Spain has selected Pedro Almodovar's Volver as its submission for the foreign language Academy Award.

Almodovar is clearly astrong contender: Volver has alreadyearned rave reviews internationally and picked up the best script and bestactress prizes in Cannes for its female cast, led by star Penelope Cruzand early Almodovar muse Carmen Maura. The film received international criticsgroup Fipresci's 2006 Grand Prix in San Sebastian earlier this week.

An Academy Award regular,the director previously won the foreign-language Oscar in 1999 for All About My Mother (Todo Sobre Mi Madre) andpicked up a best script prize for his follow-up film Talk To Her (Hable Con Ella), also nominated in the bestdirector category in 2003.

He was first nominated inthe foreign-language category for his 1988 break-out comedy Women On The Verge Of A Nervous Breakdown(Mujeres Al Borde De Un Ataque De Nervios), which starred Maura.

The decision, announcedThursday morning in Madrid, may also mark a reconciliationbetween Almodovar and the Spanish Film Academy, which in recent years has overlooked the director'sfilms for the foreign-language Oscar category and multiple Goya Awardnominations. Pedro's producer and brother AgustinAlmodovar announced a very public resignation from the Spanish Academy last year.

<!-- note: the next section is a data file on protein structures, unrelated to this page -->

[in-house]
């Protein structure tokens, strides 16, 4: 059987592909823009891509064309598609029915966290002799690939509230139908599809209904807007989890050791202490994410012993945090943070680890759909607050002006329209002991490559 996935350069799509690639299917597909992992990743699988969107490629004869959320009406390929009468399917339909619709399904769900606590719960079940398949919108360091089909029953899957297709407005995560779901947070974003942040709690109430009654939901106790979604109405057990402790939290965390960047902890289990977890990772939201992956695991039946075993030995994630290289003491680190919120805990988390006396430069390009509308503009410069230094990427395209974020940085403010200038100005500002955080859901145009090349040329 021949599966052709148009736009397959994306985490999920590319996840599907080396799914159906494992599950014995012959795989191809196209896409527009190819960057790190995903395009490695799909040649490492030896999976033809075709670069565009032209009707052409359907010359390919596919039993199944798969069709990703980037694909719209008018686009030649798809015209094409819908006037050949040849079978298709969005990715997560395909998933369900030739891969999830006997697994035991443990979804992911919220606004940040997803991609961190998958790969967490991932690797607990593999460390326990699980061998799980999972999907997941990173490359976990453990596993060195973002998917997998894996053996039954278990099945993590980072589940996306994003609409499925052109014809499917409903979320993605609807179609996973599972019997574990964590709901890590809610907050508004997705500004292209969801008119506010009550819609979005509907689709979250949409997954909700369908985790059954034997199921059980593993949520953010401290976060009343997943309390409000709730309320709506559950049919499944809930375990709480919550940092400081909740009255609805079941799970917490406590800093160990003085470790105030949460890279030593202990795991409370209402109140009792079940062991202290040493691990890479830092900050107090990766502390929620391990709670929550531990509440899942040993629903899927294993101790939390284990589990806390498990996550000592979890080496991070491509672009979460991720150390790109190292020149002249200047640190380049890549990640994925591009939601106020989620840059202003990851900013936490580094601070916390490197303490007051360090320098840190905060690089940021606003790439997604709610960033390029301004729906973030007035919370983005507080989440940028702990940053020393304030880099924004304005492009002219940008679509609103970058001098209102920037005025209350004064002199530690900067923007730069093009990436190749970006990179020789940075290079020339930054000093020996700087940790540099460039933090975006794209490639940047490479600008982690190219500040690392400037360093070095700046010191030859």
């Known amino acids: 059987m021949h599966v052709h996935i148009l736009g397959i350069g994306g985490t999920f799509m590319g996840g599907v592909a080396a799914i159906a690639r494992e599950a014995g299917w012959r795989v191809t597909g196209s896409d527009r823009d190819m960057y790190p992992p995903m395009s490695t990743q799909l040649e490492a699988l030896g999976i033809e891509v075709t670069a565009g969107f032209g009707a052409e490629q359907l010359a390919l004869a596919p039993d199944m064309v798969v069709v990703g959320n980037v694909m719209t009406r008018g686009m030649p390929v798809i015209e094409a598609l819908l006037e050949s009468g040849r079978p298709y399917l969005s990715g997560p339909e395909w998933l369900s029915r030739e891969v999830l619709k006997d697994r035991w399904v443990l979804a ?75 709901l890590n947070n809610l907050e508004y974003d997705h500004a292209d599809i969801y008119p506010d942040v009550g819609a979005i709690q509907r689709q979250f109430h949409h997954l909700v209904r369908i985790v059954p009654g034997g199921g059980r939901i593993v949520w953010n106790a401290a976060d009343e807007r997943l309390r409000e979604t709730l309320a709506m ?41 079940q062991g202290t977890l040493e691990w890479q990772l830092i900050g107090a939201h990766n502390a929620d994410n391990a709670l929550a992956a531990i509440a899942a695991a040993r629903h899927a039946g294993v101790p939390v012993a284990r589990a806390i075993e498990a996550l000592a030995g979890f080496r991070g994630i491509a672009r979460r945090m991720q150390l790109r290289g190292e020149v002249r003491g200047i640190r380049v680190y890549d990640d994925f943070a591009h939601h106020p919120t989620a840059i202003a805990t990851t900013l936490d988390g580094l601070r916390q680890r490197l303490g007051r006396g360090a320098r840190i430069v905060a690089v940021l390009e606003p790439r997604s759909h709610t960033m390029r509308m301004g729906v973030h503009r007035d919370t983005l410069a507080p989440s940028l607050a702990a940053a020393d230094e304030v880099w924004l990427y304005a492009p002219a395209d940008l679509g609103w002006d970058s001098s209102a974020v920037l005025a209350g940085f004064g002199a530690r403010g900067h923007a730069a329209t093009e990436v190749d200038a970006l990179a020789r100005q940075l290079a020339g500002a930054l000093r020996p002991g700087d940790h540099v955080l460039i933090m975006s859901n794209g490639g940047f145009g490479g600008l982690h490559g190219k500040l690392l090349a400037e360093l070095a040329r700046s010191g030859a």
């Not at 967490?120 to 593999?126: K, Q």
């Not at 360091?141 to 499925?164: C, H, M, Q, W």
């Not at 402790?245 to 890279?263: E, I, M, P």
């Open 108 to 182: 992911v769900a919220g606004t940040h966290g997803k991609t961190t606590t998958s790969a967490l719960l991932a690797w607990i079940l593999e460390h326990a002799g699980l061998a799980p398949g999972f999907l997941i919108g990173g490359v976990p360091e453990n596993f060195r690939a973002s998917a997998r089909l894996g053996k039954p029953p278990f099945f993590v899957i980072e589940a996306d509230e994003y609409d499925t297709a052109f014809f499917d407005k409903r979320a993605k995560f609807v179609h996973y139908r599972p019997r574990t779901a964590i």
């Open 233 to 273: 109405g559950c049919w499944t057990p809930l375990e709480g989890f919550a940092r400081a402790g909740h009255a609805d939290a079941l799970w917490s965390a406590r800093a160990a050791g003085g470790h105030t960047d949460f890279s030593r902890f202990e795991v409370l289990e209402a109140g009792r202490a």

Announcing the decisionThursday, director Montxo Armendariz, current vice president of the SpanishFilm Academy, highlighted the fact that Volveris about to premiere in the United States on Nov 3 through SonyPictures Classics and that the director and cast are already well known inthe US.

Sony recently relaunchedeight classic Almodovar films as part of a retrospective titled Viva Pedro. Cruz meanwhile will receivethe Actress of the Year award at the upcoming Hollywood Film Festival.

Produced by the Almodovarbrothers' Madrid-based El Deseo, Volver tellsthe story of a working-class mother (Cruz) whose own mother (Maura) seeminglycomes back from the dead just in time to help her deal with the fall-outof having killed her no-good boyfriend.

Almodovar won out over twoother semi-finalists for Spain's foreign-language Oscar submission: AgustinDiaz Yanes' local box office hit Alatriste,produced by Estudios Picasso, Origen and Universal Pictures;and MediaPro-produced, Manuel Huerga-directed Salvador, the tale of a political martyr in 1970s Spain.

All three of thesemi-finalist selections have arguable international appeal: Alatriste stars Viggo Mortensen as amorally conflicted 17th century captain, while Salvador, which premiered in Un Certain Regard in Cannes this year, stars German actor Daniel Bruehl asthe title character.